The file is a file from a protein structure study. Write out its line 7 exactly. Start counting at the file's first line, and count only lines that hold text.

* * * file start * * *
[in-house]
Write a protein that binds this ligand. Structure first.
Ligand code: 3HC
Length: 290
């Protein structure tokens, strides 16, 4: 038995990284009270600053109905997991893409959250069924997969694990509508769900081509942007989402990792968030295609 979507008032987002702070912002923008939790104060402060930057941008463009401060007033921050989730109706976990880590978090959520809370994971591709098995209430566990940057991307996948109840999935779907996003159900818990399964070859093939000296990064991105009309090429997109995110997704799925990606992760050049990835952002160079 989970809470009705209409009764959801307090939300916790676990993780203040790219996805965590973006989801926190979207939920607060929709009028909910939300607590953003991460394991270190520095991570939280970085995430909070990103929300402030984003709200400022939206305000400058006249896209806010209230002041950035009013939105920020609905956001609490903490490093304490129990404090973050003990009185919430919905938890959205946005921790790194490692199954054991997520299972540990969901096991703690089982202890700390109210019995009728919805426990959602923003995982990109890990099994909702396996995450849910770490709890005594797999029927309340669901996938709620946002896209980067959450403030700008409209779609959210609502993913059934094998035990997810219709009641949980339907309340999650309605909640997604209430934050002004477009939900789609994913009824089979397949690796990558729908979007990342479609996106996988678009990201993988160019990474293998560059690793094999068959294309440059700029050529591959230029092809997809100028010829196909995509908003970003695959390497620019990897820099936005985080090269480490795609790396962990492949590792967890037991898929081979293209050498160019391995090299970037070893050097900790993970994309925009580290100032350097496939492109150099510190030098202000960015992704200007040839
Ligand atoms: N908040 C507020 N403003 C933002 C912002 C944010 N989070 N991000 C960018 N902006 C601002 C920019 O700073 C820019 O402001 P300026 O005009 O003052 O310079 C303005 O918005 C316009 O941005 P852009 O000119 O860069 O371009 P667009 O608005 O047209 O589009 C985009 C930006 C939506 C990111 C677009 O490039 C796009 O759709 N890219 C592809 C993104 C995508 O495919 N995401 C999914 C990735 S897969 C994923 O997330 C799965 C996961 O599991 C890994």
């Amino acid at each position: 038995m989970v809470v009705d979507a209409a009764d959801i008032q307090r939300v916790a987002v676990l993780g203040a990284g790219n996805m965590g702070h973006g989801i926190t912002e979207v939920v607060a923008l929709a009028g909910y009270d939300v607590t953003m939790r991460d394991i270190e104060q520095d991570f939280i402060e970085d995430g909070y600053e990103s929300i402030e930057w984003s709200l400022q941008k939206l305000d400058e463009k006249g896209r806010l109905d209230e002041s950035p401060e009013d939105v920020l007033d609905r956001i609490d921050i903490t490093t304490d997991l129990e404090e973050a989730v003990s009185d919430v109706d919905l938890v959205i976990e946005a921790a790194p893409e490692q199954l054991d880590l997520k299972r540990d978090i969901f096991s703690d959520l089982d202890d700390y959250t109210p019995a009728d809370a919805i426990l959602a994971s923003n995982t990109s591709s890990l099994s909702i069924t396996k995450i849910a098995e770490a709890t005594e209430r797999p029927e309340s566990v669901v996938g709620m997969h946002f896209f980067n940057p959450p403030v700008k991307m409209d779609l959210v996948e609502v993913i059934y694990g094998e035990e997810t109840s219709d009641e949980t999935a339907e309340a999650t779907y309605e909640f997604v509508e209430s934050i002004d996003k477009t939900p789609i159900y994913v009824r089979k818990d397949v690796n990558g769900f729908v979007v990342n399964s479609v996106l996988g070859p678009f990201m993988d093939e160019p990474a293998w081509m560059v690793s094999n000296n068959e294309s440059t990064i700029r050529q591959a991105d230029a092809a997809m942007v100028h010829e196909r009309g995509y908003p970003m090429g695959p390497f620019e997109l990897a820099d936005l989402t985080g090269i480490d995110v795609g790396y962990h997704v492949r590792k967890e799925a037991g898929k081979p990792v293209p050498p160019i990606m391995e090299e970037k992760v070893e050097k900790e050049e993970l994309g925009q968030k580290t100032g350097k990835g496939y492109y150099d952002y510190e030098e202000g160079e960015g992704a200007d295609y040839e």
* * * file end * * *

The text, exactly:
């Amino acid at each position: 038995m989970v809470v009705d979507a209409a009764d959801i008032q307090r939300v916790a987002v676990l993780g203040a990284g790219n996805m965590g702070h973006g989801i926190t912002e979207v939920v607060a923008l929709a009028g909910y009270d939300v607590t953003m939790r991460d394991i270190e104060q520095d991570f939280i402060e970085d995430g909070y600053e990103s929300i402030e930057w984003s709200l400022q941008k939206l305000d400058e463009k006249g896209r806010l109905d209230e002041s950035p401060e009013d939105v920020l007033d609905r956001i609490d921050i903490t490093t304490d997991l129990e404090e973050a989730v003990s009185d919430v109706d919905l938890v959205i976990e946005a921790a790194p893409e490692q199954l054991d880590l997520k299972r540990d978090i969901f096991s703690d959520l089982d202890d700390y959250t109210p019995a009728d809370a919805i426990l959602a994971s923003n995982t990109s591709s890990l099994s909702i069924t396996k995450i849910a098995e770490a709890t005594e209430r797999p029927e309340s566990v669901v996938g709620m997969h946002f896209f980067n940057p959450p403030v700008k991307m409209d779609l959210v996948e609502v993913i059934y694990g094998e035990e997810t109840s219709d009641e949980t999935a339907e309340a999650t779907y309605e909640f997604v509508e209430s934050i002004d996003k477009t939900p789609i159900y994913v009824r089979k818990d397949v690796n990558g769900f729908v979007v990342n399964s479609v996106l996988g070859p678009f990201m993988d093939e160019p990474a293998w081509m560059v690793s094999n000296n068959e294309s440059t990064i700029r050529q591959a991105d230029a092809a997809m942007v100028h010829e196909r009309g995509y908003p970003m090429g695959p390497f620019e997109l990897a820099d936005l989402t985080g090269i480490d995110v795609g790396y962990h997704v492949r590792k967890e799925a037991g898929k081979p990792v293209p050498p160019i990606m391995e090299e970037k992760v070893e050097k900790e050049e993970l994309g925009q968030k580290t100032g350097k990835g496939y492109y150099d952002y510190e030098e202000g160079e960015g992704a200007d295609y040839e």